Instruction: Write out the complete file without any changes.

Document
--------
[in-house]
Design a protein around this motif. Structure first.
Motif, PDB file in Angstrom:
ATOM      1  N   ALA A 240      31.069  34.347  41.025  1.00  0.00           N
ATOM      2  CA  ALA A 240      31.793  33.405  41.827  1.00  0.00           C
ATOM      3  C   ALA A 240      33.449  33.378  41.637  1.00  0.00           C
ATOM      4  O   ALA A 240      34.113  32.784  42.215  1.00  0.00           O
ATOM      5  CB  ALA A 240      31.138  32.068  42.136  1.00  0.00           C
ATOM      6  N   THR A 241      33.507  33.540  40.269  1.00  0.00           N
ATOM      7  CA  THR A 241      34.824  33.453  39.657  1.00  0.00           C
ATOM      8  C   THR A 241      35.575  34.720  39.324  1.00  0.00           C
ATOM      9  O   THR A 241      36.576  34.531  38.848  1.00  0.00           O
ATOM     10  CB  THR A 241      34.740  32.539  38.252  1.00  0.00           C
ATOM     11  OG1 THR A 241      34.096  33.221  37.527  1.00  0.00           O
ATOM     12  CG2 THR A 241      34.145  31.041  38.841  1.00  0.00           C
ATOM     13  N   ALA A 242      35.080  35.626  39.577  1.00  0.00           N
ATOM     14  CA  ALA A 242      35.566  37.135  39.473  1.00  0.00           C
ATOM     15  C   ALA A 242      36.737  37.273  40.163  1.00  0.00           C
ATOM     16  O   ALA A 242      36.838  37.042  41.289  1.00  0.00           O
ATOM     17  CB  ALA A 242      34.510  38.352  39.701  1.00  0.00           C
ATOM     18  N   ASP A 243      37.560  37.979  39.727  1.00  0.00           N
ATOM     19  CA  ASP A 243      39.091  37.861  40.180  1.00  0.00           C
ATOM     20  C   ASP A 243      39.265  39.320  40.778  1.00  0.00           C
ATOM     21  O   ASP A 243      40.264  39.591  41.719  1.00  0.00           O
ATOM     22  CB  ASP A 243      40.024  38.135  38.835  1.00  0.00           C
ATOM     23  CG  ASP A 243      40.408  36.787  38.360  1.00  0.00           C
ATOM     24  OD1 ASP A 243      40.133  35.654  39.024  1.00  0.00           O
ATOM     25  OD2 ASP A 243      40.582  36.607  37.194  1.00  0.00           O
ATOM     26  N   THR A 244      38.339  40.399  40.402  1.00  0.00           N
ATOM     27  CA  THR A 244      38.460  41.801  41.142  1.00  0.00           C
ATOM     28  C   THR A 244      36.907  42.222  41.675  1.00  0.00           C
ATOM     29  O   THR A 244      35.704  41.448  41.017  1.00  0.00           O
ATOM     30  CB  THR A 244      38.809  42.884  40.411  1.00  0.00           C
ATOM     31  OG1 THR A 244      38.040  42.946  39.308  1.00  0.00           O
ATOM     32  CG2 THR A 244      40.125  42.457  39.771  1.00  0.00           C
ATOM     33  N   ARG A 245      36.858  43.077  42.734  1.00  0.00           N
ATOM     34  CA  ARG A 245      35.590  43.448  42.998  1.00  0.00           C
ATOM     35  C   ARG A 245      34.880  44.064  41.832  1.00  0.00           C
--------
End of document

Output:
[in-house]
Design a protein around this motif. Structure first.
Motif, PDB file in Angstrom:
ATOM      1  N   ALA A 240      31.069  34.347  41.025  1.00  0.00           N
ATOM      2  CA  ALA A 240      31.793  33.405  41.827  1.00  0.00           C
ATOM      3  C   ALA A 240      33.449  33.378  41.637  1.00  0.00           C
ATOM      4  O   ALA A 240      34.113  32.784  42.215  1.00  0.00           O
ATOM      5  CB  ALA A 240      31.138  32.068  42.136  1.00  0.00           C
ATOM      6  N   THR A 241      33.507  33.540  40.269  1.00  0.00           N
ATOM      7  CA  THR A 241      34.824  33.453  39.657  1.00  0.00           C
ATOM      8  C   THR A 241      35.575  34.720  39.324  1.00  0.00           C
ATOM      9  O   THR A 241      36.576  34.531  38.848  1.00  0.00           O
ATOM     10  CB  THR A 241      34.740  32.539  38.252  1.00  0.00           C
ATOM     11  OG1 THR A 241      34.096  33.221  37.527  1.00  0.00           O
ATOM     12  CG2 THR A 241      34.145  31.041  38.841  1.00  0.00           C
ATOM     13  N   ALA A 242      35.080  35.626  39.577  1.00  0.00           N
ATOM     14  CA  ALA A 242      35.566  37.135  39.473  1.00  0.00           C
ATOM     15  C   ALA A 242      36.737  37.273  40.163  1.00  0.00           C
ATOM     16  O   ALA A 242      36.838  37.042  41.289  1.00  0.00           O
ATOM     17  CB  ALA A 242      34.510  38.352  39.701  1.00  0.00           C
ATOM     18  N   ASP A 243      37.560  37.979  39.727  1.00  0.00           N
ATOM     19  CA  ASP A 243      39.091  37.861  40.180  1.00  0.00           C
ATOM     20  C   ASP A 243      39.265  39.320  40.778  1.00  0.00           C
ATOM     21  O   ASP A 243      40.264  39.591  41.719  1.00  0.00           O
ATOM     22  CB  ASP A 243      40.024  38.135  38.835  1.00  0.00           C
ATOM     23  CG  ASP A 243      40.408  36.787  38.360  1.00  0.00           C
ATOM     24  OD1 ASP A 243      40.133  35.654  39.024  1.00  0.00           O
ATOM     25  OD2 ASP A 243      40.582  36.607  37.194  1.00  0.00           O
ATOM     26  N   THR A 244      38.339  40.399  40.402  1.00  0.00           N
ATOM     27  CA  THR A 244      38.460  41.801  41.142  1.00  0.00           C
ATOM     28  C   THR A 244      36.907  42.222  41.675  1.00  0.00           C
ATOM     29  O   THR A 244      35.704  41.448  41.017  1.00  0.00           O
ATOM     30  CB  THR A 244      38.809  42.884  40.411  1.00  0.00           C
ATOM     31  OG1 THR A 244      38.040  42.946  39.308  1.00  0.00           O
ATOM     32  CG2 THR A 244      40.125  42.457  39.771  1.00  0.00           C
ATOM     33  N   ARG A 245      36.858  43.077  42.734  1.00  0.00           N
ATOM     34  CA  ARG A 245      35.590  43.448  42.998  1.00  0.00           C
ATOM     35  C   ARG A 245      34.880  44.064  41.832  1.00  0.00           C